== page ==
I understood where the people asking this question were coming from, but the assumption behind it bothered me. They assumed the only reason Christians would care about anti-Muslim hate in the United States is if they had converted to Islam themselves. The assumption caused me to dig deeper into why I would care enough about this issue to devote myself to it not in spite of my Christian identity but because of it.

This theological grounding is a major part of why I started and stay involved in this work. But there’s something else that should be pulling white Christians into addressing Islamophobia: it’s our problem.

Their fellow congregants died in Pittsburgh. Now Jews are supporting Muslims in New Zealand.

P2OKY6SJP4I6TDH4FROQTGOCDYJews in Pittsburgh and Muslim worshipers in Christchurch, New Zealand, have forged a grim bond that transcends oceans and faiths: Mass killers have targeted their houses of prayer.

The Jewish community in Pittsburgh was roiled when 11 people were killed at the Tree of Life synagogue in October. People of all religions rallied around them for support.

Now, members of Tree of Life have raised thousands of dollars for a Muslim community that lost 50 people, killed by a gunman Friday at Al Noor and Linwood mosques in Christchurch. Dozens more were injured.

“We feel compelled to come to the aid of those communities, just as our Jewish community was so compassionately supported only a few short months ago by people around the world of many faiths,” says a GoFundMe page set up by the congregation. “We recall with love the immediate, overwhelming support Tree of Life received from our Muslim brothers and sisters in Pittsburgh.”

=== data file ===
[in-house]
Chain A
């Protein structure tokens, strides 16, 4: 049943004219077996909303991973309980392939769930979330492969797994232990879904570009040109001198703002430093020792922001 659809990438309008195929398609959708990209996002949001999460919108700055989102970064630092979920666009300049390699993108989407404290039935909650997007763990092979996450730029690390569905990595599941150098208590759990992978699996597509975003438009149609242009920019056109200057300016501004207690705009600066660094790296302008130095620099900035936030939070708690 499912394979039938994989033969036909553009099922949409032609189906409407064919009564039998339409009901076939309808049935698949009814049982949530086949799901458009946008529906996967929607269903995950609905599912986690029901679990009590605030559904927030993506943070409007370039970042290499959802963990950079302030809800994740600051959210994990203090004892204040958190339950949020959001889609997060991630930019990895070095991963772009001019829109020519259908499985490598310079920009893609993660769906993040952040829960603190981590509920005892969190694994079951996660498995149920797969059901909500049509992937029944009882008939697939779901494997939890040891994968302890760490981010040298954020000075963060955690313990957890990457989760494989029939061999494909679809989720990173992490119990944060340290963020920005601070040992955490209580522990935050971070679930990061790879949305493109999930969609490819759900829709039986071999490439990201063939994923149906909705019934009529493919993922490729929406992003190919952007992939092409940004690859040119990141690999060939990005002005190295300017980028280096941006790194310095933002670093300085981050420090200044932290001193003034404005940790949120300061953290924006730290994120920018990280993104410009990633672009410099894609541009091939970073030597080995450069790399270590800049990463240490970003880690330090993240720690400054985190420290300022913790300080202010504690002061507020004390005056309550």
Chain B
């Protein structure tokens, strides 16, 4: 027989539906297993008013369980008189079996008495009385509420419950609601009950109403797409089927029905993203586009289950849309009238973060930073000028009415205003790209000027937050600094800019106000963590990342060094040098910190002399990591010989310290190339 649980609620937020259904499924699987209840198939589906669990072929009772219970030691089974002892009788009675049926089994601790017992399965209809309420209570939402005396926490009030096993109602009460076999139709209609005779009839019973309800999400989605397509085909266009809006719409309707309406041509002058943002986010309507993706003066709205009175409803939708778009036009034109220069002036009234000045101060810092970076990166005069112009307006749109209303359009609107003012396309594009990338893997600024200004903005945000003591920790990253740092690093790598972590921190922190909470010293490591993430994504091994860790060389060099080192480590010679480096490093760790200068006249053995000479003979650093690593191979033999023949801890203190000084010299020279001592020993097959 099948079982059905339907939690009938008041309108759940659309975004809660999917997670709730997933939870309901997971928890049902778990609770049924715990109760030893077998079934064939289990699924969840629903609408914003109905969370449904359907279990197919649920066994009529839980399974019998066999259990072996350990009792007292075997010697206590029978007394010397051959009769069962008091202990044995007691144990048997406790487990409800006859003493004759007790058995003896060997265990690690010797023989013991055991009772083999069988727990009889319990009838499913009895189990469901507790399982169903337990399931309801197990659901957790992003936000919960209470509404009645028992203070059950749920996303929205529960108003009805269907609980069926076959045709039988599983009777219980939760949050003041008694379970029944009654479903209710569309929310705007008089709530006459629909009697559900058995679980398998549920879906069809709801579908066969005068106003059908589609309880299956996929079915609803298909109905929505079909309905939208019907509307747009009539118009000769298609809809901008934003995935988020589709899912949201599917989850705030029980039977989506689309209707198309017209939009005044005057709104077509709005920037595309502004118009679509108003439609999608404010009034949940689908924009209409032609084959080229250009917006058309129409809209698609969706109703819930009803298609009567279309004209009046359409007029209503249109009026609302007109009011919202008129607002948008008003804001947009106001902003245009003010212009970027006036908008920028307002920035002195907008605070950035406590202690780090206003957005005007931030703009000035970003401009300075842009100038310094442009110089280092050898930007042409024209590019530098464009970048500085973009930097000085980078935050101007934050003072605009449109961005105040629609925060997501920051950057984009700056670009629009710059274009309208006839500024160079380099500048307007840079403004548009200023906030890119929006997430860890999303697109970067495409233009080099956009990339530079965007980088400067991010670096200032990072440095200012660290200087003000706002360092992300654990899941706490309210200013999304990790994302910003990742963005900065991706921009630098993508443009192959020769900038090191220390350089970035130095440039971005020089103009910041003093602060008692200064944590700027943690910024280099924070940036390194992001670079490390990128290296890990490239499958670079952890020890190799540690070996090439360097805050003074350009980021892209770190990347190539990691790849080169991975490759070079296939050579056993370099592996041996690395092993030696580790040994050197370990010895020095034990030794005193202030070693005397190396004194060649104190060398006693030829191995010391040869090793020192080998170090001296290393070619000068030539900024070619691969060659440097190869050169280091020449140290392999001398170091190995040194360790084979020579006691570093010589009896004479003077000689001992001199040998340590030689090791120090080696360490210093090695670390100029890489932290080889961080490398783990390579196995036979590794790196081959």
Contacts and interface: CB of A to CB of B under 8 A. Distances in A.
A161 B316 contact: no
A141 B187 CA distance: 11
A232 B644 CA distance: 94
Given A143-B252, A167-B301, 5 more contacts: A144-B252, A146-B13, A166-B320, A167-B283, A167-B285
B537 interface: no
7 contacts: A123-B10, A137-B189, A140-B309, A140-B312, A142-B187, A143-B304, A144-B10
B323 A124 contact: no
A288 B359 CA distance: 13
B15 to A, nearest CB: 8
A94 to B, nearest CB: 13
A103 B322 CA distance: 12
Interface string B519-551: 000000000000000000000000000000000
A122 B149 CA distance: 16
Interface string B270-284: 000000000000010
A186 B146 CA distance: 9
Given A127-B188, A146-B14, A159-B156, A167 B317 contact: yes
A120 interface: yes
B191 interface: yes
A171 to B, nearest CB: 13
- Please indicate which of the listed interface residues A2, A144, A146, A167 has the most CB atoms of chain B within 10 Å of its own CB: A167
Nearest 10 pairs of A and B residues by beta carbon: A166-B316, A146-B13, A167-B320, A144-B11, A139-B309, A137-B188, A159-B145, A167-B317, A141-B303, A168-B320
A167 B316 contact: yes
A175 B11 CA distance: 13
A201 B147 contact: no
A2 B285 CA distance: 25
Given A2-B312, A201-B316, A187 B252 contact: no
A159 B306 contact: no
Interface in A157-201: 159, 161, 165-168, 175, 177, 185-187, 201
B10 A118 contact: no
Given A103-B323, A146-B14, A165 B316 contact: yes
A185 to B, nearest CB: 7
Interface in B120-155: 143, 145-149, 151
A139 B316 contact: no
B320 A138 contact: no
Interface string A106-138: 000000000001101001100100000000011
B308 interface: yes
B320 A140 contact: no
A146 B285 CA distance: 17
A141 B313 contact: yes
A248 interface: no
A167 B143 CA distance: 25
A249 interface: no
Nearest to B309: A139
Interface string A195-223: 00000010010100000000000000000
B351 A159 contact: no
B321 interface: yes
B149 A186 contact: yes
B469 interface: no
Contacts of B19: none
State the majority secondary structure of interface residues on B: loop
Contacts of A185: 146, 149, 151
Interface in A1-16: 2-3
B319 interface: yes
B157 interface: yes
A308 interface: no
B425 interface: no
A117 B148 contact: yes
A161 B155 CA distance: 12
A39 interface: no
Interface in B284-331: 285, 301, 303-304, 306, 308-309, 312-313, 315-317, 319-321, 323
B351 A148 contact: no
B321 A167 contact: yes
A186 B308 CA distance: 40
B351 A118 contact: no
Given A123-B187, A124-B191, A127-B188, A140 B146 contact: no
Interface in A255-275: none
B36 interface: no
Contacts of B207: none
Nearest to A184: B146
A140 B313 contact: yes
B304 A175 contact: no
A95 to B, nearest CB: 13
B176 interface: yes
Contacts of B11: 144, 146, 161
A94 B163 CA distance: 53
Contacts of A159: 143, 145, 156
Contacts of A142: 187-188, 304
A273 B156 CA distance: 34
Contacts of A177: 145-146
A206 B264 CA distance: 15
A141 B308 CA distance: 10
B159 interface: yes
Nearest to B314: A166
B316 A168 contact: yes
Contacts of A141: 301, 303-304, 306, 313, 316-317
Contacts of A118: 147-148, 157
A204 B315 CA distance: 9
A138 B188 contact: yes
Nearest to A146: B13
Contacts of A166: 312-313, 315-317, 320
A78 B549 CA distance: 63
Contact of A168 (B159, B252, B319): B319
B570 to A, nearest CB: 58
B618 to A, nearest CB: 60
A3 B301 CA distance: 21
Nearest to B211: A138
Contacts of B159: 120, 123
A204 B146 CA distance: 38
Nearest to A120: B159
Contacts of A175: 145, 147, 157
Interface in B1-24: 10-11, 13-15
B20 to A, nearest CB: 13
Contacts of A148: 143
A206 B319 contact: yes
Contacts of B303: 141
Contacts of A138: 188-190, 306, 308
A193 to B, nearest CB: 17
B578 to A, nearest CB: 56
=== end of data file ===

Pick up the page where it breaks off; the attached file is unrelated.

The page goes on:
Donors provided thousands of dollars a day after the page was launched Sunday.

The effort mirrors an outpouring of support from the Muslim community in Pittsburgh after the massacre there. Nearly a quarter-million dollars was raised by Muslim groups to help injured worshipers and grieving families.

“To the families going through the most difficult moments in your lives: the Jewish community of Pittsburgh is with you,” the Tree of Life funding page says. “Our hearts are with you. We hold you in our prayers.”

“Tree of Life members, and our friends who continue to comfort and bolster us as we recover, must now come together to support the Muslims of Christchurch,” the page says.

There have been other similar efforts launched in Pittsburgh. The Jewish Federation set up a relief fund within days of the attack in New Zealand, the Pittsburgh Post-Gazette reported.

FULL ARTICLE FROM THE WASHINGTON POST 

The Roots of the Christchurch Massacre

15Ali2-superJumboAll those who have helped to spread the worldwide myth that Muslims are a threat have blood on their hands.

For Muslims, Friday Prayer is like Sunday Mass for Christians. It’s the day of community prayer. We travel to our local mosques, our religious sanctuary. Our families gather in the early afternoon to pray as a community. Kids run through the halls as the imam recites the Quran in Arabic. We eat together and mingle outside.

This week, as those of us in the United States attend Friday Prayer, the Muslims in Christchurch, New Zealand, are preparing for funerals.

People around the world are praying for the dead in Christchurch after terrorist attacks at two mosques. The authorities say a 28-year-old Australian walked into two mosques with assault rifles and killed at least 49 people. New Zealand’s prime minister, Jacinda Ardern, called it “an extraordinary and unprecedented act of violence.”

Thoughts and prayers are not enough. These attacks are the latest manifestation of a growing and globalized ideology of white nationalism that must be addressed at its source — which includes the mainstream politicians and media personalities who nurture, promote and excuse it.

‘If you enter a camp, you never come out’: inside China’s war on Islam

In Hotan, documents show officials are expanding detention camps and increasing surveillance